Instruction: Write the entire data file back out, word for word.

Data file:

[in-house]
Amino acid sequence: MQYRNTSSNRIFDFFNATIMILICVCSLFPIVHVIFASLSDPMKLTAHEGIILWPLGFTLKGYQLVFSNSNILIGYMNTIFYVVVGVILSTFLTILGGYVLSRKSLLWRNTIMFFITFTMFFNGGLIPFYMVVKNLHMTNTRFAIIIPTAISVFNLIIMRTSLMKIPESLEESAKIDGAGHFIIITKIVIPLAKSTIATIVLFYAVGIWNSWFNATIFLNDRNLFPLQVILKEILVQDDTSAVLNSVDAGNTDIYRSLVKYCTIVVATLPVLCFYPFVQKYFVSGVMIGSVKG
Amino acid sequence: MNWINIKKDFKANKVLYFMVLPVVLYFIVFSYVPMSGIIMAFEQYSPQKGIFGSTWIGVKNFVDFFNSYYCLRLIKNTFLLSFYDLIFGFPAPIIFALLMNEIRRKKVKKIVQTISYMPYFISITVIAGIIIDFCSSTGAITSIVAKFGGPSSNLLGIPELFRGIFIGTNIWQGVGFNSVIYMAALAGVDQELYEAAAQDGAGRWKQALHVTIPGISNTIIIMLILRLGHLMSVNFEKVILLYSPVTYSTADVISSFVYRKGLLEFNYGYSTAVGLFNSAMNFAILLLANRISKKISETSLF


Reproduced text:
[in-house]
Amino acid sequence: MQYRNTSSNRIFDFFNATIMILICVCSLFPIVHVIFASLSDPMKLTAHEGIILWPLGFTLKGYQLVFSNSNILIGYMNTIFYVVVGVILSTFLTILGGYVLSRKSLLWRNTIMFFITFTMFFNGGLIPFYMVVKNLHMTNTRFAIIIPTAISVFNLIIMRTSLMKIPESLEESAKIDGAGHFIIITKIVIPLAKSTIATIVLFYAVGIWNSWFNATIFLNDRNLFPLQVILKEILVQDDTSAVLNSVDAGNTDIYRSLVKYCTIVVATLPVLCFYPFVQKYFVSGVMIGSVKG
Amino acid sequence: MNWINIKKDFKANKVLYFMVLPVVLYFIVFSYVPMSGIIMAFEQYSPQKGIFGSTWIGVKNFVDFFNSYYCLRLIKNTFLLSFYDLIFGFPAPIIFALLMNEIRRKKVKKIVQTISYMPYFISITVIAGIIIDFCSSTGAITSIVAKFGGPSSNLLGIPELFRGIFIGTNIWQGVGFNSVIYMAALAGVDQELYEAAAQDGAGRWKQALHVTIPGISNTIIIMLILRLGHLMSVNFEKVILLYSPVTYSTADVISSFVYRKGLLEFNYGYSTAVGLFNSAMNFAILLLANRISKKISETSLF